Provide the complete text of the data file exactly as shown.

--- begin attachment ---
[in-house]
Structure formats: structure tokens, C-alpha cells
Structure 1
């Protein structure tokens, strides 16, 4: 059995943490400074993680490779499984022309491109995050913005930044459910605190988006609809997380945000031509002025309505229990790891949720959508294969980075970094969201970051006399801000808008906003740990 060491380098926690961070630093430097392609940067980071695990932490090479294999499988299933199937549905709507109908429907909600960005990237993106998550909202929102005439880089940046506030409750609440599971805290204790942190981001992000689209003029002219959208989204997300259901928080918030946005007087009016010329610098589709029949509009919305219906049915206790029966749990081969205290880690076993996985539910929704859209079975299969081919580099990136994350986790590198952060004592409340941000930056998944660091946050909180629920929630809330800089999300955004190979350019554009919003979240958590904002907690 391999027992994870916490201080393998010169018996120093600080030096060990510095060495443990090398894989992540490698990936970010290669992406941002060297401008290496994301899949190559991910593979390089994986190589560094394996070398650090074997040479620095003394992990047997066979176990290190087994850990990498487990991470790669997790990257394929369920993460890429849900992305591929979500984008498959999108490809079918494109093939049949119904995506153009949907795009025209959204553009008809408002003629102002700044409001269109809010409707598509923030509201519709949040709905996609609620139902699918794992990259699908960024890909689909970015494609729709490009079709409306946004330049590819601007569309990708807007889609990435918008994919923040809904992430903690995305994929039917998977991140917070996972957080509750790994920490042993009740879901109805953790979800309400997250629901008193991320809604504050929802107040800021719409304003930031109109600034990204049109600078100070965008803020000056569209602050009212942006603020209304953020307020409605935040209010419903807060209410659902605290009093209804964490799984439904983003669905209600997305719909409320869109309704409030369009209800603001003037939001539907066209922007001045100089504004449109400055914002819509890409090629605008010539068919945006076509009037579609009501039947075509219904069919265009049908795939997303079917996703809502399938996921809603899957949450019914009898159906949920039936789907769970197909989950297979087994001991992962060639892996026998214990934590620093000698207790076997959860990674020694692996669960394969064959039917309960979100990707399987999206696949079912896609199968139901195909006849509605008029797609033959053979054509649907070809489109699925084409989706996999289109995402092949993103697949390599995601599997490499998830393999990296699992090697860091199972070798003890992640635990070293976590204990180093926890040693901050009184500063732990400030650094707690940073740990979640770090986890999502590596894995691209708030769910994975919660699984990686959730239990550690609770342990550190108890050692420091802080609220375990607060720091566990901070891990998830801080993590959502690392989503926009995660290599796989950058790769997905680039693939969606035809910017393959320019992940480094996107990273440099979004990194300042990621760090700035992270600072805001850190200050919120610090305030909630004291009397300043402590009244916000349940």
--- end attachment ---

[in-house]
Structure formats: structure tokens, C-alpha cells
Structure 1
């Protein structure tokens, strides 16, 4: 059995943490400074993680490779499984022309491109995050913005930044459910605190988006609809997380945000031509002025309505229990790891949720959508294969980075970094969201970051006399801000808008906003740990 060491380098926690961070630093430097392609940067980071695990932490090479294999499988299933199937549905709507109908429907909600960005990237993106998550909202929102005439880089940046506030409750609440599971805290204790942190981001992000689209003029002219959208989204997300259901928080918030946005007087009016010329610098589709029949509009919305219906049915206790029966749990081969205290880690076993996985539910929704859209079975299969081919580099990136994350986790590198952060004592409340941000930056998944660091946050909180629920929630809330800089999300955004190979350019554009919003979240958590904002907690 391999027992994870916490201080393998010169018996120093600080030096060990510095060495443990090398894989992540490698990936970010290669992406941002060297401008290496994301899949190559991910593979390089994986190589560094394996070398650090074997040479620095003394992990047997066979176990290190087994850990990498487990991470790669997790990257394929369920993460890429849900992305591929979500984008498959999108490809079918494109093939049949119904995506153009949907795009025209959204553009008809408002003629102002700044409001269109809010409707598509923030509201519709949040709905996609609620139902699918794992990259699908960024890909689909970015494609729709490009079709409306946004330049590819601007569309990708807007889609990435918008994919923040809904992430903690995305994929039917998977991140917070996972957080509750790994920490042993009740879901109805953790979800309400997250629901008193991320809604504050929802107040800021719409304003930031109109600034990204049109600078100070965008803020000056569209602050009212942006603020209304953020307020409605935040209010419903807060209410659902605290009093209804964490799984439904983003669905209600997305719909409320869109309704409030369009209800603001003037939001539907066209922007001045100089504004449109400055914002819509890409090629605008010539068919945006076509009037579609009501039947075509219904069919265009049908795939997303079917996703809502399938996921809603899957949450019914009898159906949920039936789907769970197909989950297979087994001991992962060639892996026998214990934590620093000698207790076997959860990674020694692996669960394969064959039917309960979100990707399987999206696949079912896609199968139901195909006849509605008029797609033959053979054509649907070809489109699925084409989706996999289109995402092949993103697949390599995601599997490499998830393999990296699992090697860091199972070798003890992640635990070293976590204990180093926890040693901050009184500063732990400030650094707690940073740990979640770090986890999502590596894995691209708030769910994975919660699984990686959730239990550690609770342990550190108890050692420091802080609220375990607060720091566990901070891990998830801080993590959502690392989503926009995660290599796989950058790769997905680039693939969606035809910017393959320019992940480094996107990273440099979004990194300042990621760090700035992270600072805001850190200050919120610090305030909630004291009397300043402590009244916000349940």